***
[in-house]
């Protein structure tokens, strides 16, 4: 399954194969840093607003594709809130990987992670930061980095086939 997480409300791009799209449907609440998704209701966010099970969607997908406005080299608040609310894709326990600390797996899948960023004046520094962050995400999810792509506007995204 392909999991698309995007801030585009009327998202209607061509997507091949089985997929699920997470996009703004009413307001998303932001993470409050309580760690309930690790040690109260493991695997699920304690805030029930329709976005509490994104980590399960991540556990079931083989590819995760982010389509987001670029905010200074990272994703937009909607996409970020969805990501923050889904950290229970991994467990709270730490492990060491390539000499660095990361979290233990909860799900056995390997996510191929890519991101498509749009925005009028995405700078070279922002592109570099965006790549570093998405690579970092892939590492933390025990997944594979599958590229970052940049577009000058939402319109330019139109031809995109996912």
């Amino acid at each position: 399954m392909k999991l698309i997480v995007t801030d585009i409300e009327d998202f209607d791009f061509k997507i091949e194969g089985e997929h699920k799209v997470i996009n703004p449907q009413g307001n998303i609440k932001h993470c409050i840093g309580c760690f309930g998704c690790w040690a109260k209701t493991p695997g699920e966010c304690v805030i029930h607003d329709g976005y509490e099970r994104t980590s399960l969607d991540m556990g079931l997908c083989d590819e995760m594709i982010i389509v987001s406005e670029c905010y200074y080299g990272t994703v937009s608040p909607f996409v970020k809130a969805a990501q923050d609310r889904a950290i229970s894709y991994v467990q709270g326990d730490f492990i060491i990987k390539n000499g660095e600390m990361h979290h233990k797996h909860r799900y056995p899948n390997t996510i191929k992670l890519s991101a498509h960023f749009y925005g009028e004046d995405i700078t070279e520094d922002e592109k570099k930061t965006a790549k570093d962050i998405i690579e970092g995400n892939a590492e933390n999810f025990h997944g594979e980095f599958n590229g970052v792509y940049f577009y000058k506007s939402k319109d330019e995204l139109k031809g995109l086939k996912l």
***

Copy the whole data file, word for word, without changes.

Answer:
[in-house]
């Protein structure tokens, strides 16, 4: 399954194969840093607003594709809130990987992670930061980095086939 997480409300791009799209449907609440998704209701966010099970969607997908406005080299608040609310894709326990600390797996899948960023004046520094962050995400999810792509506007995204 392909999991698309995007801030585009009327998202209607061509997507091949089985997929699920997470996009703004009413307001998303932001993470409050309580760690309930690790040690109260493991695997699920304690805030029930329709976005509490994104980590399960991540556990079931083989590819995760982010389509987001670029905010200074990272994703937009909607996409970020969805990501923050889904950290229970991994467990709270730490492990060491390539000499660095990361979290233990909860799900056995390997996510191929890519991101498509749009925005009028995405700078070279922002592109570099965006790549570093998405690579970092892939590492933390025990997944594979599958590229970052940049577009000058939402319109330019139109031809995109996912």
């Amino acid at each position: 399954m392909k999991l698309i997480v995007t801030d585009i409300e009327d998202f209607d791009f061509k997507i091949e194969g089985e997929h699920k799209v997470i996009n703004p449907q009413g307001n998303i609440k932001h993470c409050i840093g309580c760690f309930g998704c690790w040690a109260k209701t493991p695997g699920e966010c304690v805030i029930h607003d329709g976005y509490e099970r994104t980590s399960l969607d991540m556990g079931l997908c083989d590819e995760m594709i982010i389509v987001s406005e670029c905010y200074y080299g990272t994703v937009s608040p909607f996409v970020k809130a969805a990501q923050d609310r889904a950290i229970s894709y991994v467990q709270g326990d730490f492990i060491i990987k390539n000499g660095e600390m990361h979290h233990k797996h909860r799900y056995p899948n390997t996510i191929k992670l890519s991101a498509h960023f749009y925005g009028e004046d995405i700078t070279e520094d922002e592109k570099k930061t965006a790549k570093d962050i998405i690579e970092g995400n892939a590492e933390n999810f025990h997944g594979e980095f599958n590229g970052v792509y940049f577009y000058k506007s939402k319109d330019e995204l139109k031809g995109l086939k996912l």